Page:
This picture is from last October.
I realized early this week that I'd missed the one-year anniversary of Sheba coming to live with us; it was the 25th of March 2010, so I should have said something in last week's Sheba picture post, but I'd forgotten. So I'm mentioning it now.
This week (specifically Monday, the 28th) was also the anniversary of Nina coming to live with us. We've now had her for two full years. It feels like longer, though. Actually feels like longer for Sheba, too, now that I think about it.
We should probably have gotten a third pet last week -- it's tradition, after all -- but I think we're okay like this for a while.
Saturday, April 2, 2011
This picture is from last October.
Friday, April 1, 2011
I guess spring really is going to happen, then. This doesn't look like much right now, and they're very late compared to last year (last year there were flower buds by early April), but I love seeing them come back. I'd say they're one of my favorite outdoor plants if I were well-acquainted with more outdoor plants; as it is, I just have to say that I really like them, and want more. Because of the way the back yard is oriented and shaped, there aren't a lot of good places to plant more, though. And the husband has been saying since we moved in that they're going to have to move somewhere, because he has plans for the garage, so I may not even get to keep these. We'll see.
I went searching for information about Pulmonarias that would be interesting, and ran into an article by Plant Delights Nursery's Tony Avent. It turns out that a commenter recommended this same article to me the last time I posted about Pulmonarias, but I didn't remember seeing it, and most of you probably haven't either, so go there if you're interested in learning more. Among the tidbits are the actual ancestry of 'Raspberry Splash' (Pulmonaria longifolia 'Bertram Anderson' x Pulmonaria 'Leopard') and an explanation for the silvery spots on the leaves (they're the result of air pockets in the upper part of the leaves, which keep the lower part cooler).
I also had a question the last time I posted about Pulmonaria regarding 'Raspberry Splash's mildew resistance, which I can sort of answer now -- not only have I not seen mildew on this plant for the last two years, both of which were very wet summers, but P. longifolia, one of 'Raspberry Splash's parents, is known for having good mildew resistance. They're also planted in one of the two windiest spots in the yard. I've had more mildew on an indoor Cissus rhombifolia (R.I.P.) than I've seen on the Pulmonarias.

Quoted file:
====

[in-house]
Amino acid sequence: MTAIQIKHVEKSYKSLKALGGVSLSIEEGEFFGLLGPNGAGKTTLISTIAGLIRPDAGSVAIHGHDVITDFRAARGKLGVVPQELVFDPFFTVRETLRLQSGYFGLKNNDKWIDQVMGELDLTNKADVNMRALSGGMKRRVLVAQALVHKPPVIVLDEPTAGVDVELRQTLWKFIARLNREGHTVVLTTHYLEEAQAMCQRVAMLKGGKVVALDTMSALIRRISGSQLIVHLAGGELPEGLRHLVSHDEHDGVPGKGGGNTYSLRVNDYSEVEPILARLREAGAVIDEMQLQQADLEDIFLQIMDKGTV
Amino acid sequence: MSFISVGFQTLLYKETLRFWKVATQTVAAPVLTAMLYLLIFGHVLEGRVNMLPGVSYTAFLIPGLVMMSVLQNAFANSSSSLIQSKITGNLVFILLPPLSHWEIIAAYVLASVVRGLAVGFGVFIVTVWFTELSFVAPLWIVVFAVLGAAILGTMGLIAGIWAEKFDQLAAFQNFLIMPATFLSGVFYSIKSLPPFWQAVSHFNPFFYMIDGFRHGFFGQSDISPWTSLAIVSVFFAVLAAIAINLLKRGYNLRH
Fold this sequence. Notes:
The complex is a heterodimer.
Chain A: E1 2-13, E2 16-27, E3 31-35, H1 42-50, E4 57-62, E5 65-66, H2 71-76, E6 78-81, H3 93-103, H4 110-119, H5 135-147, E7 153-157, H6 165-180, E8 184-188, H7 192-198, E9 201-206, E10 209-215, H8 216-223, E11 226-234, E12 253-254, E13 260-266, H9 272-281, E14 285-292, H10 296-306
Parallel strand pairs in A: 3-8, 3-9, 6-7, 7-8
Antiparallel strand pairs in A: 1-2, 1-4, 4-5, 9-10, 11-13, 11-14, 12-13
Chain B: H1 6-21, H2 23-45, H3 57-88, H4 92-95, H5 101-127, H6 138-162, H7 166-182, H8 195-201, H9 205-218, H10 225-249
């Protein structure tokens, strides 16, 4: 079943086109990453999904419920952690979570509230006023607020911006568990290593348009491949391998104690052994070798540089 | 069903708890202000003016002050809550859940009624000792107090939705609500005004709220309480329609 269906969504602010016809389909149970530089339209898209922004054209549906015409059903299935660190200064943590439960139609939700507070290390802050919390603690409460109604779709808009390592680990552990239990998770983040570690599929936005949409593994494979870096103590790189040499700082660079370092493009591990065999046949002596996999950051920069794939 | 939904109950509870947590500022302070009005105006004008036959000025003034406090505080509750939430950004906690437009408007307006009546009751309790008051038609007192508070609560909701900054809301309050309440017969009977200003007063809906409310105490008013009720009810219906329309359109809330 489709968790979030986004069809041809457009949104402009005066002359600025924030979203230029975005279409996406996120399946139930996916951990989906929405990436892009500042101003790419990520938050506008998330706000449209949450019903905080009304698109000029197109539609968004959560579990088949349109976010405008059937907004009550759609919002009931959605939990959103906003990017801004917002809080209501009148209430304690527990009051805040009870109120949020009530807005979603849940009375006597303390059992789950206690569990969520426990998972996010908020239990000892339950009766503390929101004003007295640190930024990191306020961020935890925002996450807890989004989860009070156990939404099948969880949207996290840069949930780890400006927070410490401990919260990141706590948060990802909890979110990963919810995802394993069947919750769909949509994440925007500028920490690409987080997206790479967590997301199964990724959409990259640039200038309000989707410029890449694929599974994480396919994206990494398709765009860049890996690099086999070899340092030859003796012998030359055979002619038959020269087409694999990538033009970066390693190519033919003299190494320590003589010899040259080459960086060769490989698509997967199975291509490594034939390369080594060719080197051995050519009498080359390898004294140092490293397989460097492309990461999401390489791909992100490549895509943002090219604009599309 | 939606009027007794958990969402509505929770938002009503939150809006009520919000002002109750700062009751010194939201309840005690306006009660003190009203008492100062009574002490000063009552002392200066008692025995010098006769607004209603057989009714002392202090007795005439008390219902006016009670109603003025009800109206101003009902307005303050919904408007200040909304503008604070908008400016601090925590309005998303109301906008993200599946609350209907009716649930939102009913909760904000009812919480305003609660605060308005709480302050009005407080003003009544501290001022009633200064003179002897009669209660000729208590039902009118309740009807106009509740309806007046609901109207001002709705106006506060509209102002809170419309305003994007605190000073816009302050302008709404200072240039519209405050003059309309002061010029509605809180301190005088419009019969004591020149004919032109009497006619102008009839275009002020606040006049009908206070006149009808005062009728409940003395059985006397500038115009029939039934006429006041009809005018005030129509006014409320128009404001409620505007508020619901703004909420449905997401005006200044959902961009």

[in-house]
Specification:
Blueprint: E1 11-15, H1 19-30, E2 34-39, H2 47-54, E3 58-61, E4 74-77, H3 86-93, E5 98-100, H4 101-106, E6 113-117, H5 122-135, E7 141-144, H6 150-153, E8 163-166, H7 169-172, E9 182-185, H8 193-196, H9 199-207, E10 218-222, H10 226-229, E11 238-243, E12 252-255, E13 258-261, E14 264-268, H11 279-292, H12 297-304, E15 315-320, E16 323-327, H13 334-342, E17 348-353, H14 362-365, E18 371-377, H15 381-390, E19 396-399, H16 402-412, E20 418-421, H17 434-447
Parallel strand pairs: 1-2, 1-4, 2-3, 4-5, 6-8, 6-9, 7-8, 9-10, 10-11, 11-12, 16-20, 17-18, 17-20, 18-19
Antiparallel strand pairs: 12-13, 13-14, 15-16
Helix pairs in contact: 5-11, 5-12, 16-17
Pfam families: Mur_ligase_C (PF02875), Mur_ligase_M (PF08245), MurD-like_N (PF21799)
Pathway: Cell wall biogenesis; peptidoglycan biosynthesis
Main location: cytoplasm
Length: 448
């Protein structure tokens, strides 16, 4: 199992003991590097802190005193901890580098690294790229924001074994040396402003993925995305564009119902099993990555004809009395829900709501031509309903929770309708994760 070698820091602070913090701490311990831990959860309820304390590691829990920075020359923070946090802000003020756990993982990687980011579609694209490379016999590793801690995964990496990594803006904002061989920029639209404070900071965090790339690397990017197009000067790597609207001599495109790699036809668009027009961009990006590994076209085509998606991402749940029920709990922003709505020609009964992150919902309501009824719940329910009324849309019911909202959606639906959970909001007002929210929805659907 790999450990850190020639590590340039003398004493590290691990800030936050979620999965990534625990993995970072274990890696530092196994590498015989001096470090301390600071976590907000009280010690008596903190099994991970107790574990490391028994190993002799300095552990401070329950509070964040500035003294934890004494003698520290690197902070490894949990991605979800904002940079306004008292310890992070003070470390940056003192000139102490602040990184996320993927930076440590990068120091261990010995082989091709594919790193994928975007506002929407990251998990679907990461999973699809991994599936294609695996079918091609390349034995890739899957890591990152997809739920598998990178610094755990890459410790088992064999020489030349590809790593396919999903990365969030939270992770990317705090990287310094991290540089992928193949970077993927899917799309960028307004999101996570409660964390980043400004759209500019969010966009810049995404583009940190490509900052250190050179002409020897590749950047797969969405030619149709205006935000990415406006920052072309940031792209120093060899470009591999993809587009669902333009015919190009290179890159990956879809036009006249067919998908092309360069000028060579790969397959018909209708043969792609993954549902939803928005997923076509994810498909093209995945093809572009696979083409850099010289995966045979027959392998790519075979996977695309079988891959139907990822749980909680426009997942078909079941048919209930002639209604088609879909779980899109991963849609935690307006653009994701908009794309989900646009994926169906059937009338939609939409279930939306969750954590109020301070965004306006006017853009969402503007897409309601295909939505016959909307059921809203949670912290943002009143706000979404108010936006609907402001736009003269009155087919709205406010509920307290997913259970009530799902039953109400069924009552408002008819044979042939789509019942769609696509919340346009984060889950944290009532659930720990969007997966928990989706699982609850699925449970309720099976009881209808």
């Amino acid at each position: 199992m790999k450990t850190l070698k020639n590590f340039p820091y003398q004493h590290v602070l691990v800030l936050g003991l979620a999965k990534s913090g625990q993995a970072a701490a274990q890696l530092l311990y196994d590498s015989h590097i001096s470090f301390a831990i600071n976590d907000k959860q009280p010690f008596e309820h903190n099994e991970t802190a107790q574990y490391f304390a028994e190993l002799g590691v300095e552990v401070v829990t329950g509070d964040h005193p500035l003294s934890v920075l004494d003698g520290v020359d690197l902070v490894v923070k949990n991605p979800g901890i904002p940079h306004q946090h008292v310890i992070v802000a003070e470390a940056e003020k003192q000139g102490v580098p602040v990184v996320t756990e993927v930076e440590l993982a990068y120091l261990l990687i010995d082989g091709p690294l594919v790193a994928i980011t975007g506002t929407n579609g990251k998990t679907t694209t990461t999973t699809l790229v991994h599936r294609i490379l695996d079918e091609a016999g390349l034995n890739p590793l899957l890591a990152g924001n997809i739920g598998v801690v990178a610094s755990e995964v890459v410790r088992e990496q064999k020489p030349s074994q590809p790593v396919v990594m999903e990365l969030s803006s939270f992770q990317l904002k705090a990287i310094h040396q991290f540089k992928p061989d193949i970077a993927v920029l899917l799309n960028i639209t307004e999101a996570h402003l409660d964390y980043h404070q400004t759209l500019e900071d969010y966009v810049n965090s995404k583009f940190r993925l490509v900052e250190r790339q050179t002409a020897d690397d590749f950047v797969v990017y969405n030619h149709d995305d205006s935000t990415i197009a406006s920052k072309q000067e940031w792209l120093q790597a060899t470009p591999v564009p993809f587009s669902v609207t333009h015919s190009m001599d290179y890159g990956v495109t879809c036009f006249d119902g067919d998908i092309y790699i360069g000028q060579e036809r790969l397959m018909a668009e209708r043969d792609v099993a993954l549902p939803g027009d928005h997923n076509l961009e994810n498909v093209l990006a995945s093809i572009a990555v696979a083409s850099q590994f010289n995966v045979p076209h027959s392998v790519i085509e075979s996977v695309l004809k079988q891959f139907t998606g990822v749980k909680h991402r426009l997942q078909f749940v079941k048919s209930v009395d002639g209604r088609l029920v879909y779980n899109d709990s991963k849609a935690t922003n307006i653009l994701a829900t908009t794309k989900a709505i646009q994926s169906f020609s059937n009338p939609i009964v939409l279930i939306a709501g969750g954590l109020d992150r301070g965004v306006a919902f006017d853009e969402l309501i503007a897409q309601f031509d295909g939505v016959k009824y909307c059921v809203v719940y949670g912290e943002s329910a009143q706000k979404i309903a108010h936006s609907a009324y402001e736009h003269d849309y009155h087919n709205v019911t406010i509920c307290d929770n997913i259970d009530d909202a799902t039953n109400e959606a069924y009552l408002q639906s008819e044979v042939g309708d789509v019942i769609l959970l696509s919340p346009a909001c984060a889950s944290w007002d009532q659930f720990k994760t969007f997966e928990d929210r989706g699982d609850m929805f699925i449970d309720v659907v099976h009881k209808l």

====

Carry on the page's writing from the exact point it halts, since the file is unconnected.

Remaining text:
I'm looking forward to the blooms.
Wednesday, March 30, 2011
I'm very excited about this; it's the first bromeliad I've ever rebloomed. I've had this two and a half years, which feels like maybe it's too young to rebloom, but I've repotted it semi-recently (last fall?), and I've watered at least a couple times with the Miracle Gro, so I suppose I've been encouraging it.
I know this isn't a great angle on the inflorescence, but you're not missing much: right now, it's still very narrow. I don't know if this indicates that it's going to be an underwhelming bloom, or if it just has a lot of development yet to go. (The color implies the latter.) Either way, this is feeling like a huge accomplishment. Vriesea splendens was already one of my two favorite bromeliads (the other being Aechmea fasciata), but now I like it that much better.
Tuesday, March 29, 2011
Plant Chaser: Look Jane Look
Summary: Somewhere in the Philippines, a Dyckia 'Platyphylla' blooms. Includes some surprisingly neat close-up photos of the true flowers.
The Scientist Gardener: Better Chemistry Through Breeding
Summary: About the genetic and chemical basis for the colors of peppers and other plants, with pretty pictures.
Cactus Blog: Bitter Root
Summary: Pretty pictures of Lewisia cvv.
Freewill Applicator: On Corporate Law
Summary: Probably best explained by the first two sentences:
Corporate law is the story of made-up characters and their relationships. And it is the story of the real people whose duty is to do what the imaginary characters need.And then it kinda goes on from there. Nothing to do with plants, but I liked it.
The Variegated Thumb: Plant Find: The Cucumber Orchid